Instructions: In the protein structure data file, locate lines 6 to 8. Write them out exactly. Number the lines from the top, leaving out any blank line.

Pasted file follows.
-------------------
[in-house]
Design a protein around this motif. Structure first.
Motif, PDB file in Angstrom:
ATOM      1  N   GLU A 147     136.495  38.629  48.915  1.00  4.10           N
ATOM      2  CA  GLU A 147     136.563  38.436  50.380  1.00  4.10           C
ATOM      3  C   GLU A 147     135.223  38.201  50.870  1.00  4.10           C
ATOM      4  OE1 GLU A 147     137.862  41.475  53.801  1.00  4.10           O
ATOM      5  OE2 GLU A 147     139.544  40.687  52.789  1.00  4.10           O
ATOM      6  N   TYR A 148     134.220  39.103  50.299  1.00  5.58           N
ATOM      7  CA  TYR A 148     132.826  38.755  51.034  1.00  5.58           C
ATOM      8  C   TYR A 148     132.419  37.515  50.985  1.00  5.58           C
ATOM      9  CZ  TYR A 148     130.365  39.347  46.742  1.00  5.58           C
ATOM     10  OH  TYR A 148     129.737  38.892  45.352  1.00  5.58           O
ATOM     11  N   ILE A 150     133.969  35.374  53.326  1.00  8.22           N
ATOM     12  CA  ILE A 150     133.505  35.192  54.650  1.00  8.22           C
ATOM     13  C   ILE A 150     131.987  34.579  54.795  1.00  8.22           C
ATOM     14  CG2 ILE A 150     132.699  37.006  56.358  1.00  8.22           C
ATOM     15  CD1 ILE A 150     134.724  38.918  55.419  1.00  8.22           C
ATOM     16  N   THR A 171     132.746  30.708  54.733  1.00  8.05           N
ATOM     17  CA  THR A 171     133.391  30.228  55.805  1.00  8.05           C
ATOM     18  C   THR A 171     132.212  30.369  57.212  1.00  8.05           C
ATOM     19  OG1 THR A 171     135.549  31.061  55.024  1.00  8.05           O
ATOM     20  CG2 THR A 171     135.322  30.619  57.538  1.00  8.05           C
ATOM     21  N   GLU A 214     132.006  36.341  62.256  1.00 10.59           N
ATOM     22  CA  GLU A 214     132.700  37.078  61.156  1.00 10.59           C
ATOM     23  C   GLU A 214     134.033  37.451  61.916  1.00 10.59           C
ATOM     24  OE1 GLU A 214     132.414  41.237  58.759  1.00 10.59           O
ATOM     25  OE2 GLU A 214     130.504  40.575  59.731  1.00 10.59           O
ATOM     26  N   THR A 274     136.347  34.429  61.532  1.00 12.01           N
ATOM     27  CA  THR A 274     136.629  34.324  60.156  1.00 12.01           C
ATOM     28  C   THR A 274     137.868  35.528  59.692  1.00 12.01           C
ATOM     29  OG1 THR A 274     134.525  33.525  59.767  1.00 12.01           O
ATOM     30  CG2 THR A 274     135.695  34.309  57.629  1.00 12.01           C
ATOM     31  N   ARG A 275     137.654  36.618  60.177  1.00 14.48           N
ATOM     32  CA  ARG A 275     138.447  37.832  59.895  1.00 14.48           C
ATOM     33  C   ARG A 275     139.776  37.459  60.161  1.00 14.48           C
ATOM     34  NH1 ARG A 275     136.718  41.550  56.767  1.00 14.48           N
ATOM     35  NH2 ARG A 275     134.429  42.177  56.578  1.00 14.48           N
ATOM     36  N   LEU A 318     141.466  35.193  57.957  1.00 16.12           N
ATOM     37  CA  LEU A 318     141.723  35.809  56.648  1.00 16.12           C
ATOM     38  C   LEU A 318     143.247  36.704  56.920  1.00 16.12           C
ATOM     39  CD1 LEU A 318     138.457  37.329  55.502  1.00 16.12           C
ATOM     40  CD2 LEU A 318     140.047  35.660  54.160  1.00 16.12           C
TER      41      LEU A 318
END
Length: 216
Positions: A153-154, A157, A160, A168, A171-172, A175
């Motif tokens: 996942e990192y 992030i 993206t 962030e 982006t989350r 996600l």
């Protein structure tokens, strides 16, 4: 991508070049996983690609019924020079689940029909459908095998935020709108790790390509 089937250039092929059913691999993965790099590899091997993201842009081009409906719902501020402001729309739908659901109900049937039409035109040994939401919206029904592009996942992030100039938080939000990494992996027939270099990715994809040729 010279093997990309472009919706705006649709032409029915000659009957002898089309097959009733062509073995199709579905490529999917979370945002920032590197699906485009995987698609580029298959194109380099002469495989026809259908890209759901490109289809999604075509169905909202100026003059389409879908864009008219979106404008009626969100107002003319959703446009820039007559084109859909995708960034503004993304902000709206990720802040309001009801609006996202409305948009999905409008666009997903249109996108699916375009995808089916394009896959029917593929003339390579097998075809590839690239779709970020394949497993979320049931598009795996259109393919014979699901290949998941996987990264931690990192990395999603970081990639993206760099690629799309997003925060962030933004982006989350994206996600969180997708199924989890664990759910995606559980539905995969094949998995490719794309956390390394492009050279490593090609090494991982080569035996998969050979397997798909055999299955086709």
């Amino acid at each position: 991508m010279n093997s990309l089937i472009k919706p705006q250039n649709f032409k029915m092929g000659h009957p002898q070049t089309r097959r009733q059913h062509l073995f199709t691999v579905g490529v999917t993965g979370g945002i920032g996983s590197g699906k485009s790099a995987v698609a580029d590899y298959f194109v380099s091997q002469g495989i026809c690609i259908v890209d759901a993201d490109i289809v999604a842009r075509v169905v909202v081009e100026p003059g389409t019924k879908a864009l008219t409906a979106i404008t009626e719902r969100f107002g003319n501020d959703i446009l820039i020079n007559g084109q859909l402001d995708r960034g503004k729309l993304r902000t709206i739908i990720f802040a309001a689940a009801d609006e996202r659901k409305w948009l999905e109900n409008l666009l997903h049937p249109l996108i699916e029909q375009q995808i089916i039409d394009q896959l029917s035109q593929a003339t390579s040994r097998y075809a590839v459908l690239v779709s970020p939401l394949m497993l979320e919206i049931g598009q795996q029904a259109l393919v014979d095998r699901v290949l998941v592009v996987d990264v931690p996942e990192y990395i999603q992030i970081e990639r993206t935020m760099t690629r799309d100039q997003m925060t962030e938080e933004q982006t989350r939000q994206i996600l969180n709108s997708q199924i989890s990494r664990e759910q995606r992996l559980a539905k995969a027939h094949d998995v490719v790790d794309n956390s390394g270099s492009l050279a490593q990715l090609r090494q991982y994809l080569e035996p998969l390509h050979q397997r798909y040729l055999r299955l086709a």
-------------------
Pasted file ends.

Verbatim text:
ATOM      3  C   GLU A 147     135.223  38.201  50.870  1.00  4.10           C
ATOM      4  OE1 GLU A 147     137.862  41.475  53.801  1.00  4.10           O
ATOM      5  OE2 GLU A 147     139.544  40.687  52.789  1.00  4.10           O